There’s a difference between stenography and reporting.
Stenographers record conversations for record keeping purposes. They do not ask questions or provide context while transcribing official proceedings like court testimony and legal depositions.
Journalists, on the other hand, do not take official statements at face value. Rather, they interrogate claims, raise questions, and offer background information on the issues and events they cover.
I was reminded of this distinction while reading two stories published in the Nov. 6 edition of The DePauw. The first addresses the Board of Trustees’ decision to approve a 2.9 percent tuition increase for 2020. The second offered an update on the Administration’s Alcohol Initiative.
These are both newsworthy items. But the reports read more like the work of “stenographers of power,” to borrow Noam Chomsky’s useful phrase, than anything resembling journalism in the public interest.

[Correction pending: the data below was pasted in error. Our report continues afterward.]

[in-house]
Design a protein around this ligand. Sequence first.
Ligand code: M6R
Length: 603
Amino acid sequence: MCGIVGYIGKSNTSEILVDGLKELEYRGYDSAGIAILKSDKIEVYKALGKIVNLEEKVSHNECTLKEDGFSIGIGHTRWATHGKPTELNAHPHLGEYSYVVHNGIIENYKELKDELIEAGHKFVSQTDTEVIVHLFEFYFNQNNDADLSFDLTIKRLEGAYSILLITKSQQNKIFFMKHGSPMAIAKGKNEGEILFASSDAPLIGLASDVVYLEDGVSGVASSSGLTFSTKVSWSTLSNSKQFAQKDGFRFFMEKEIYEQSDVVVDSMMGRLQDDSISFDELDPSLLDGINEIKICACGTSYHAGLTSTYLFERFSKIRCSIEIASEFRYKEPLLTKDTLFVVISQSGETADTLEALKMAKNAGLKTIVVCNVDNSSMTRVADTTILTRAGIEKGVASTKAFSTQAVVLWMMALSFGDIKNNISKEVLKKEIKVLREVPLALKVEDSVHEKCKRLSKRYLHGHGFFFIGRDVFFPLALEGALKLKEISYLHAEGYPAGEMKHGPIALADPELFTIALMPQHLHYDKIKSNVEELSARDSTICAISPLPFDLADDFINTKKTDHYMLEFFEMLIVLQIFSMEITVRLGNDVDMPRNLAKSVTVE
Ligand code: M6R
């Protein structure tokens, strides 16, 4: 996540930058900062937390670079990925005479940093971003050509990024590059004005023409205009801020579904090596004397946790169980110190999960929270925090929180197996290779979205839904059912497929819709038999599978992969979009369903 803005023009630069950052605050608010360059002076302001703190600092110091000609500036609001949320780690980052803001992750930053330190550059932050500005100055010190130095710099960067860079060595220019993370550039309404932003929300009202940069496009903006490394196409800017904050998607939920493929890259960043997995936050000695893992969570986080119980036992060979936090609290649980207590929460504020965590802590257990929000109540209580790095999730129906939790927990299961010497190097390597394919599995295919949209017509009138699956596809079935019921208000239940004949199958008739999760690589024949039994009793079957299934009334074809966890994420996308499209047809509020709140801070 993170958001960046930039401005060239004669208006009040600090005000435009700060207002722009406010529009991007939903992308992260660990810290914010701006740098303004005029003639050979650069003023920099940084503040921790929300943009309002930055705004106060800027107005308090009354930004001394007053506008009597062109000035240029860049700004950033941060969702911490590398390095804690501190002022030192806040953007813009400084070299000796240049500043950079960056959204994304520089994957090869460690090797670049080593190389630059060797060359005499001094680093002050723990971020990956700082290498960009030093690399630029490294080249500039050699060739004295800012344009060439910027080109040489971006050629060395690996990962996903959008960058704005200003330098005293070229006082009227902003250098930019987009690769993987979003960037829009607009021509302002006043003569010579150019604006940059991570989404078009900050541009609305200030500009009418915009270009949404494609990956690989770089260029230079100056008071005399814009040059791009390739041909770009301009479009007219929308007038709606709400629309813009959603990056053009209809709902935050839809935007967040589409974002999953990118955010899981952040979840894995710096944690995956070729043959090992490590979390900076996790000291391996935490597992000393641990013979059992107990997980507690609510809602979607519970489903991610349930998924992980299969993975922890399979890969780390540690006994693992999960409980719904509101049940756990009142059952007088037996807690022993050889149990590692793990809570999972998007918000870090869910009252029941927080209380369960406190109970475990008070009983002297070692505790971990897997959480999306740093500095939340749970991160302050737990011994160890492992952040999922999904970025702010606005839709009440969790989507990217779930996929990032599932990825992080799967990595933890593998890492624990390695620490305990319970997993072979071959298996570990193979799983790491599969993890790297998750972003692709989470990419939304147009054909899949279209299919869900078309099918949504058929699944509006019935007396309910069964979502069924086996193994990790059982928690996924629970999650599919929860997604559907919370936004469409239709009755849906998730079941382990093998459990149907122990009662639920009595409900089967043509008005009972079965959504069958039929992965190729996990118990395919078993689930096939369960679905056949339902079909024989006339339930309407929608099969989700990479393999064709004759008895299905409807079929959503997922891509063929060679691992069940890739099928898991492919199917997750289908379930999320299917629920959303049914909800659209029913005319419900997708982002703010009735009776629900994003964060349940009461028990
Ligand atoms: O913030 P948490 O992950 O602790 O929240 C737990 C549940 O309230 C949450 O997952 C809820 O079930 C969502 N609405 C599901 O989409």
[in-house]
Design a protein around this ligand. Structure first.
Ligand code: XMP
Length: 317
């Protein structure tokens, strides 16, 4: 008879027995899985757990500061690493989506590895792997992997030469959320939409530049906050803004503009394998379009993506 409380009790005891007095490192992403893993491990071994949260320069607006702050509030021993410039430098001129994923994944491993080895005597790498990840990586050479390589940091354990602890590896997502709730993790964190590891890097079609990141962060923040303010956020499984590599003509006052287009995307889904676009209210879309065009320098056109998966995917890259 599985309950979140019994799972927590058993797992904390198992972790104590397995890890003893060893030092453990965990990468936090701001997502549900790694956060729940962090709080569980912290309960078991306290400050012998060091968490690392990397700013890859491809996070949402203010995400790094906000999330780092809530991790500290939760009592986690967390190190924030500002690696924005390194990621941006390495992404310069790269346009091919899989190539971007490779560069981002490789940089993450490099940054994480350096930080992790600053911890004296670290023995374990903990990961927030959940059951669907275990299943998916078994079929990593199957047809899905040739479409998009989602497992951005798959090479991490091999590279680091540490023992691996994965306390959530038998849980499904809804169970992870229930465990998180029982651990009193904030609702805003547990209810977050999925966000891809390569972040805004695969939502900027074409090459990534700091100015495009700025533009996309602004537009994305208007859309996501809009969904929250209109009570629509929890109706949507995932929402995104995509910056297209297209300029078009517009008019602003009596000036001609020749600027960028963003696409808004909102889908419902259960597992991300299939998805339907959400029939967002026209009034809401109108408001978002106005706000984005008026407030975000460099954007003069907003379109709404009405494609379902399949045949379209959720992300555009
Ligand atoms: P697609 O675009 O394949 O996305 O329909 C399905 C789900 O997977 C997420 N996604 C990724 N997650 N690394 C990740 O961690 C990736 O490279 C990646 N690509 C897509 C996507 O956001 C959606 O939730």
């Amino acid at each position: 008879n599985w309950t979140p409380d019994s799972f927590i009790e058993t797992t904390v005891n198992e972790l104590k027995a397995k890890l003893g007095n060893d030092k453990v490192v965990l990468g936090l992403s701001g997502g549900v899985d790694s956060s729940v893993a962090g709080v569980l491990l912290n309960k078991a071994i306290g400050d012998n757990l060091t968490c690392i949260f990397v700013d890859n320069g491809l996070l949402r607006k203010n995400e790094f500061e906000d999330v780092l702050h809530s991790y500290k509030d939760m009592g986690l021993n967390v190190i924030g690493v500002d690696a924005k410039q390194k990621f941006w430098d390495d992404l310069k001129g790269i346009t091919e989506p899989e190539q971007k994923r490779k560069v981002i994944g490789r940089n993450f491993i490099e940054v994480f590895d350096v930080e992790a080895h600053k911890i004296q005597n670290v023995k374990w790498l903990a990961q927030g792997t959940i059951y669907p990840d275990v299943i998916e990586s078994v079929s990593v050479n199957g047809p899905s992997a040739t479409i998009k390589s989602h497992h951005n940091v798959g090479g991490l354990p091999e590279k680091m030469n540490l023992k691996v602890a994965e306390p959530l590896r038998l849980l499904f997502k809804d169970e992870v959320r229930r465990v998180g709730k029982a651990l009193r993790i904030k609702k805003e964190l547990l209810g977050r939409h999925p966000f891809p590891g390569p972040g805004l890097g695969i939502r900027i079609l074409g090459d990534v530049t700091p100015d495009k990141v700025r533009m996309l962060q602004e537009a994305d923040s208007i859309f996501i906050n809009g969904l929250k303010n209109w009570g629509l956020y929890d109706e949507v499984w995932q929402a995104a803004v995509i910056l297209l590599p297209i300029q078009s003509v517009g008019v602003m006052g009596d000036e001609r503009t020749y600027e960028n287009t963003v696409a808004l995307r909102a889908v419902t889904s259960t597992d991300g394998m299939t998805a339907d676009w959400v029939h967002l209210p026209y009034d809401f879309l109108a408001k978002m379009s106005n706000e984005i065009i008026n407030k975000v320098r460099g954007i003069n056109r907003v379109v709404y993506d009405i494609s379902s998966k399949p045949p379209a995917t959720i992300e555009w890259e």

For instance, the story about the tuition increase features lengthy exposition from two campus administrators, President Mark McCoy and VP for Finance and Administration, Bob Leonard, without interrogating any of the claims they make in support of the tuition hike.
In the context of the university’s wholesale adoption of economic austerity measures – most notably staff reductions and an increased reliance on part-time and contingent faculty – The DePauw offers a one-sided account of the need for, let alone the wisdom of, increasing tuition in a competitive higher education market.
The report about the Alcohol Initiative suffers the same shortcomings. Noting a contradiction between the Administration’s claims of a reduction in high risk drinking on campus and the 2017 Clery Report that identifies an increase in the number of liquor law violations, the bulk of the story uncritically repeats Administration talking points.
Both stories accurately present the Administration’s perspective. However, absent different and perhaps competing perspectives, the news stories reveal a worrisome official source bias in campus reporting.
The Administration has at its disposal a variety of communication channels to get their message out free from analysis or critique. The student press should not be one of them.
Professor of Media Studies